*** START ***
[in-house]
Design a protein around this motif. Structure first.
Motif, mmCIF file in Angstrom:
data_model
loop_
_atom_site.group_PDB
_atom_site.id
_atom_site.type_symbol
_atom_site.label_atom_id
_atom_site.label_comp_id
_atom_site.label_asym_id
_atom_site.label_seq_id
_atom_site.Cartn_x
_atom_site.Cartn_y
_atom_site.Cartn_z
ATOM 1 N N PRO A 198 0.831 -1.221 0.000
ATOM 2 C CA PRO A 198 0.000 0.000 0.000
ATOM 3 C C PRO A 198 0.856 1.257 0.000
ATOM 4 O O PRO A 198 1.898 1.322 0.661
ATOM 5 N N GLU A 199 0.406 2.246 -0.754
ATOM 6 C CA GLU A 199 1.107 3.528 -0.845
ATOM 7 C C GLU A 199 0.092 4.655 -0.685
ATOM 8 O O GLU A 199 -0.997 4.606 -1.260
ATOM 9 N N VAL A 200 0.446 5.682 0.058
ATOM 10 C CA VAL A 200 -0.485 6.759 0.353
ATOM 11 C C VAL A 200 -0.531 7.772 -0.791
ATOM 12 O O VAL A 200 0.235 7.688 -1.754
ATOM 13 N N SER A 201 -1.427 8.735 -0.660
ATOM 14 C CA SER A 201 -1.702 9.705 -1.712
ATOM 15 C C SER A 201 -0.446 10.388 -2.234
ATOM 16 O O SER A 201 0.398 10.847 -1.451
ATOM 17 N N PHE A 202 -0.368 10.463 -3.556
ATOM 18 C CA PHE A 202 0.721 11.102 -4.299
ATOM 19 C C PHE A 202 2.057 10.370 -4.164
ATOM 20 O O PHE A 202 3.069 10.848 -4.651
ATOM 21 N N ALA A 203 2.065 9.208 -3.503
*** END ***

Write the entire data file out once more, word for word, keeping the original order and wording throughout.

[in-house]
Design a protein around this motif. Structure first.
Motif, mmCIF file in Angstrom:
data_model
loop_
_atom_site.group_PDB
_atom_site.id
_atom_site.type_symbol
_atom_site.label_atom_id
_atom_site.label_comp_id
_atom_site.label_asym_id
_atom_site.label_seq_id
_atom_site.Cartn_x
_atom_site.Cartn_y
_atom_site.Cartn_z
ATOM 1 N N PRO A 198 0.831 -1.221 0.000
ATOM 2 C CA PRO A 198 0.000 0.000 0.000
ATOM 3 C C PRO A 198 0.856 1.257 0.000
ATOM 4 O O PRO A 198 1.898 1.322 0.661
ATOM 5 N N GLU A 199 0.406 2.246 -0.754
ATOM 6 C CA GLU A 199 1.107 3.528 -0.845
ATOM 7 C C GLU A 199 0.092 4.655 -0.685
ATOM 8 O O GLU A 199 -0.997 4.606 -1.260
ATOM 9 N N VAL A 200 0.446 5.682 0.058
ATOM 10 C CA VAL A 200 -0.485 6.759 0.353
ATOM 11 C C VAL A 200 -0.531 7.772 -0.791
ATOM 12 O O VAL A 200 0.235 7.688 -1.754
ATOM 13 N N SER A 201 -1.427 8.735 -0.660
ATOM 14 C CA SER A 201 -1.702 9.705 -1.712
ATOM 15 C C SER A 201 -0.446 10.388 -2.234
ATOM 16 O O SER A 201 0.398 10.847 -1.451
ATOM 17 N N PHE A 202 -0.368 10.463 -3.556
ATOM 18 C CA PHE A 202 0.721 11.102 -4.299
ATOM 19 C C PHE A 202 2.057 10.370 -4.164
ATOM 20 O O PHE A 202 3.069 10.848 -4.651
ATOM 21 N N ALA A 203 2.065 9.208 -3.503